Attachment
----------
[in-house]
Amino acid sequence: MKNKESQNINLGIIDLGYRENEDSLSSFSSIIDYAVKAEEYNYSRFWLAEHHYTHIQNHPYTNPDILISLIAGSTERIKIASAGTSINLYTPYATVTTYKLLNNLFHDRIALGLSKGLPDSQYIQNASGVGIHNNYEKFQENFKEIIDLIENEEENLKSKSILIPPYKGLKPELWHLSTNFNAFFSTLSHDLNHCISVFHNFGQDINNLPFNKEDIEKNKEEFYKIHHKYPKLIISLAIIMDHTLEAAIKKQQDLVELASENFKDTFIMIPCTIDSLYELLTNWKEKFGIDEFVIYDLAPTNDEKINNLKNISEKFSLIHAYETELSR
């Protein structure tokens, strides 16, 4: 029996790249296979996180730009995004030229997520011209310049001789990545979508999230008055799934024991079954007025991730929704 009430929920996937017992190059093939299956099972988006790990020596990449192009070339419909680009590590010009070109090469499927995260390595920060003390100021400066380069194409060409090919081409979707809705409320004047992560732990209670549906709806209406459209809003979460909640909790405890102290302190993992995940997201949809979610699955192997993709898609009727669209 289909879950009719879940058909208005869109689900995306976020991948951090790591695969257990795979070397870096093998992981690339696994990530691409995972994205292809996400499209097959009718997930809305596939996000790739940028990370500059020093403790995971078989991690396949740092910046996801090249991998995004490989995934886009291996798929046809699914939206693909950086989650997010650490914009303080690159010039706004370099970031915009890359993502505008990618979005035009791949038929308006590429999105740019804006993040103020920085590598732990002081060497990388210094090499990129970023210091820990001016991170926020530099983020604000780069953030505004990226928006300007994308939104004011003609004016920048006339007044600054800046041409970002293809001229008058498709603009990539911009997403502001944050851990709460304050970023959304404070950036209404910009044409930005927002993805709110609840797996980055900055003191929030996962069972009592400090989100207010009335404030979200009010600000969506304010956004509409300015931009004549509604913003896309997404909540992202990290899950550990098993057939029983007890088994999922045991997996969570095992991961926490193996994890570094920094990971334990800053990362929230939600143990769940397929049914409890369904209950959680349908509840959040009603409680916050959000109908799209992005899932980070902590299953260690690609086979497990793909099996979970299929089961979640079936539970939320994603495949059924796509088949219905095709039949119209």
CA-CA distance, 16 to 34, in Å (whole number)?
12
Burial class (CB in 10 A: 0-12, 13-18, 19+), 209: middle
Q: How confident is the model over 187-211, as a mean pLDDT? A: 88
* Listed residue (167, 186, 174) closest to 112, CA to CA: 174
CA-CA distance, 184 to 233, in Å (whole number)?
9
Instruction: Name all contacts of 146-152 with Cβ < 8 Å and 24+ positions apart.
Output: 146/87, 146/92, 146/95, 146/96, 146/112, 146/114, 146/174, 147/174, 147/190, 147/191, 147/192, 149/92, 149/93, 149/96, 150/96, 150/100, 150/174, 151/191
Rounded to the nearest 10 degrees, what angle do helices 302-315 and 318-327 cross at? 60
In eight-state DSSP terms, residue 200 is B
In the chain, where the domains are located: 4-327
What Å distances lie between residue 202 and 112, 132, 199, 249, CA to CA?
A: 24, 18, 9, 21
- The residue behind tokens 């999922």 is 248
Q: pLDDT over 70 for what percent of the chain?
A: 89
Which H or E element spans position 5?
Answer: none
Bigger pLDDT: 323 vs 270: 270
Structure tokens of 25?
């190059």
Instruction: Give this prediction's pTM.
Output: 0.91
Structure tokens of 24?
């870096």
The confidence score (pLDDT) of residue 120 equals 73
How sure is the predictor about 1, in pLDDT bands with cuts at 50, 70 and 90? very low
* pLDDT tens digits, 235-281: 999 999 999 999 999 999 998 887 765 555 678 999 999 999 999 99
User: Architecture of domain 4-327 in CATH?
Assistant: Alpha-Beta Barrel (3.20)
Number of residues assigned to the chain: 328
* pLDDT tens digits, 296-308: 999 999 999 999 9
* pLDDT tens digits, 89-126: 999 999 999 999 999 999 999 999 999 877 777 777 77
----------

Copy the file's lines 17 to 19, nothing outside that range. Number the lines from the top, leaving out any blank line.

A: 24, 18, 9, 21
- The residue behind tokens 């999922």 is 248
Q: pLDDT over 70 for what percent of the chain?